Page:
The Legs of Izolda Morgan: Selected Writings

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9788086264400: The Legs of Izolda Morgan: Selected Writings

Considered the enfant terrible of the Polish avant-garde, lauded by critics and scorned by the public, Bruno Jasieński suddenly declared the end of Futurism in Poland soon after his short “novel” The Legs of Izolda Morgan appeared in 1923. An extraordinary example of Futurist prose, this fantastic tale cautions against the machine supplanting the human while the human body is disaggregated into fetishized constituent parts. As central to Jasieński's oeuvre, the text is situated here between two seminal manifestoes and the important essay “Polish Futurism,” which signaled the movement’s end in the context of its confused reception in Poland, the towering influence of Mayakovsky, and what set it apart from the futurisms of Italy and Russia. The condensed story “Keys” displays Jasieński’s turn toward satire to lambaste the hypocrisies pervasive in powerful institutions, and this is further developed in the two longer grotesques from his time in the Soviet Union in the 1930s. Translated into English from the Russian for the first time, these two late stories expose the nefarious absurdity of racial persecution and warmongering and the lengths social and political structures will go to underpin them.

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About the Author:

Poet, novelist, playwright, Futurist, Catastrophist, Bruno Jasieński was born Wiktor Bruno Zysman on July 17, 1901 in Klimontów, a provincial town near Sandomierz, Poland. With the poet Stanislaw Mlodozeniec (1895-1959) and the poet/painter Tytus Czyzewski (1880-1946) he founded the Kraków Futurist group Katarynka (Barrel Organ). Considered the enfant terrible of Polish literature by this time and lauded by critics throughout the country, Jasieński in 1923 suddenly declared the end of Futurism in Poland. Living in Moscow since 1929, he was arrested and then executed on September 17, 1938.

Canadian born Krakow resident, Gauger is the author of the story collection Hymns to Millionaires and the translator of Waiting for the Dog to Sleep by Jerzy Ficowski.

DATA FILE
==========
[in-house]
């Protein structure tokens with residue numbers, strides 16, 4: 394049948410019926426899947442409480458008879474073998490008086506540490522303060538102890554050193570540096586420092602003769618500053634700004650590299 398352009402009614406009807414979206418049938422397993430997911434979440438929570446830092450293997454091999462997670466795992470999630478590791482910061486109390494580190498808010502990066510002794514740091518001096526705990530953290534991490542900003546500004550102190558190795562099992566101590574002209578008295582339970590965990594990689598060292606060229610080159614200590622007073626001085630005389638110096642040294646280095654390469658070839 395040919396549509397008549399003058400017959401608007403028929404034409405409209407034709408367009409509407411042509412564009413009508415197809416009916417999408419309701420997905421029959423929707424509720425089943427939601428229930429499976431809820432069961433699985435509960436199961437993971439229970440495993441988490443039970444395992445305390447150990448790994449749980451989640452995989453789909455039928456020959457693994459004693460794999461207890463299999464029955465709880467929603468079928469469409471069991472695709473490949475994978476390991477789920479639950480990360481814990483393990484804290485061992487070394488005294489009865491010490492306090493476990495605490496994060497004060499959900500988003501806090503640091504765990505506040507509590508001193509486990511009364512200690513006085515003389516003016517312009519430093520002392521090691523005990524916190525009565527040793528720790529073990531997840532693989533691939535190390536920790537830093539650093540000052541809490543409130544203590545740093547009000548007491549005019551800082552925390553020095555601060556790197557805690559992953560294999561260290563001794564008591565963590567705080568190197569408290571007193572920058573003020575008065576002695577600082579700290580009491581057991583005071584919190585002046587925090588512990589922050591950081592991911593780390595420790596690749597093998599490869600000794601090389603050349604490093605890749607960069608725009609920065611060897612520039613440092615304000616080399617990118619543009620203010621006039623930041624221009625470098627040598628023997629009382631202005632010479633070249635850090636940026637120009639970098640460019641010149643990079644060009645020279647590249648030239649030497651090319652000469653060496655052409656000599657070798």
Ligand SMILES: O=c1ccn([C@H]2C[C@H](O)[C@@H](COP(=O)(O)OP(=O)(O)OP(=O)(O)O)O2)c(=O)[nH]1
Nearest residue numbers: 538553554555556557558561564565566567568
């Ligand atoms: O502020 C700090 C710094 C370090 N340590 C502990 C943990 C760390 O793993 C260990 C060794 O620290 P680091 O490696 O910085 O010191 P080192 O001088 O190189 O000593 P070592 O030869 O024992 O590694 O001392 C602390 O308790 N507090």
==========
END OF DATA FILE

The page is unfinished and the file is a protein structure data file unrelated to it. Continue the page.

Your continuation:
Review:

"Those of us who are fond of Polish art, and these many splinter "-isms" that rounded out the War to End All Wars, will find much to pique them in this sketch of some mad artists (and jokesters) out of 1920s Poland." –RALPH

"These are small but not minor works, and again show Jasieński to have been a considerable talent. ... The Legs of Izolda Morgan, in its lovely Twisted Spoon edition, is a very appealing little book. Jasieński deserves a larger readership ..." –The Complete Review

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Jasienski, Bruno/ Gauger, Soren (Translator)/ Torr, Guy (Translator)
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Book Description Twisted Spoon Press, Czech Republic, 2014. Hardback. Book Condition: New. Stanislaw Ignacy Witkiewicz (illustrator). Language: English . Brand New Book. Considered the enfant terrible of the Polish avant-garde, lauded by critics and scorned by the public, Bruno Jasie?ski suddenly declared the end of Futurism in Poland soon after his short ?novel? The Legs of Izolda Morgan appeared in 1923. An extraordinary example of Futurist prose, this fantastic tale cautions against the machine supplanting the human while the human body is disaggregated into fetishized constituent parts. As central to Jasie?ski s oeuvre, the text is situated here between two seminal manifestoes and the important essay ?Polish Futurism,? which signaled the movement?s end in the context of its confused reception in Poland, the towering influence of Mayakovsky, and what set it apart from the futurisms of Italy and Russia. The condensed story ?Keys? displays Jasie?ski?s turn toward satire to lambaste the hypocrisies pervasive in powerful institutions, and this is further developed in the two longer grotesques from his time in the Soviet Union in the 1930s. Translated into English from the Russian for the first time, these two late stories expose the nefarious absurdity of racial persecution and warmongering and the lengths social and political structures will go to underpin them. Bookseller Inventory # AAO9788086264400

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